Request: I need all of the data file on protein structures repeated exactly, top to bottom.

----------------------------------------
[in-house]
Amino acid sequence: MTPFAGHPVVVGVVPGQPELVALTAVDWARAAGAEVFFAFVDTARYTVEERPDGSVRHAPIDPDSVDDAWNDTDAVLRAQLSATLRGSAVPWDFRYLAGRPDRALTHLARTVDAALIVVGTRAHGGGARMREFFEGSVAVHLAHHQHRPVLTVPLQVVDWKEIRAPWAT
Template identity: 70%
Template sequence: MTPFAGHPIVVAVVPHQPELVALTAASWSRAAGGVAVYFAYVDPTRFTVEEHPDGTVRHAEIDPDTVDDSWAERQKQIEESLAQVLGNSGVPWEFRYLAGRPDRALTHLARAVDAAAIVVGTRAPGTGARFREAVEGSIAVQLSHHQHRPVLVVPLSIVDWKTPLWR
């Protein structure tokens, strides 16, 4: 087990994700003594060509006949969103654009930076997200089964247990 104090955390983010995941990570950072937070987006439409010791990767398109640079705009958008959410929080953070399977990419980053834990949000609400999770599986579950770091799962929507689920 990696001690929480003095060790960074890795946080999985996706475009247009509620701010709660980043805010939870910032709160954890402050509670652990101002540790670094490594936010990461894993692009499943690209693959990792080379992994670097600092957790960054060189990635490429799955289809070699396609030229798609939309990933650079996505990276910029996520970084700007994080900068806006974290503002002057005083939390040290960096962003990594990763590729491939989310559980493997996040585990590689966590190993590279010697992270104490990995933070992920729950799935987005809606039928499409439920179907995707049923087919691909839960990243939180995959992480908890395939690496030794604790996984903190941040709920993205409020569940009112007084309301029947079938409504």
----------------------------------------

[in-house]
Amino acid sequence: MTPFAGHPVVVGVVPGQPELVALTAVDWARAAGAEVFFAFVDTARYTVEERPDGSVRHAPIDPDSVDDAWNDTDAVLRAQLSATLRGSAVPWDFRYLAGRPDRALTHLARTVDAALIVVGTRAHGGGARMREFFEGSVAVHLAHHQHRPVLTVPLQVVDWKEIRAPWAT
Template identity: 70%
Template sequence: MTPFAGHPIVVAVVPHQPELVALTAASWSRAAGGVAVYFAYVDPTRFTVEEHPDGTVRHAEIDPDTVDDSWAERQKQIEESLAQVLGNSGVPWEFRYLAGRPDRALTHLARAVDAAAIVVGTRAPGTGARFREAVEGSIAVQLSHHQHRPVLVVPLSIVDWKTPLWR
């Protein structure tokens, strides 16, 4: 087990994700003594060509006949969103654009930076997200089964247990 104090955390983010995941990570950072937070987006439409010791990767398109640079705009958008959410929080953070399977990419980053834990949000609400999770599986579950770091799962929507689920 990696001690929480003095060790960074890795946080999985996706475009247009509620701010709660980043805010939870910032709160954890402050509670652990101002540790670094490594936010990461894993692009499943690209693959990792080379992994670097600092957790960054060189990635490429799955289809070699396609030229798609939309990933650079996505990276910029996520970084700007994080900068806006974290503002002057005083939390040290960096962003990594990763590729491939989310559980493997996040585990590689966590190993590279010697992270104490990995933070992920729950799935987005809606039928499409439920179907995707049923087919691909839960990243939180995959992480908890395939690496030794604790996984903190941040709920993205409020569940009112007084309301029947079938409504």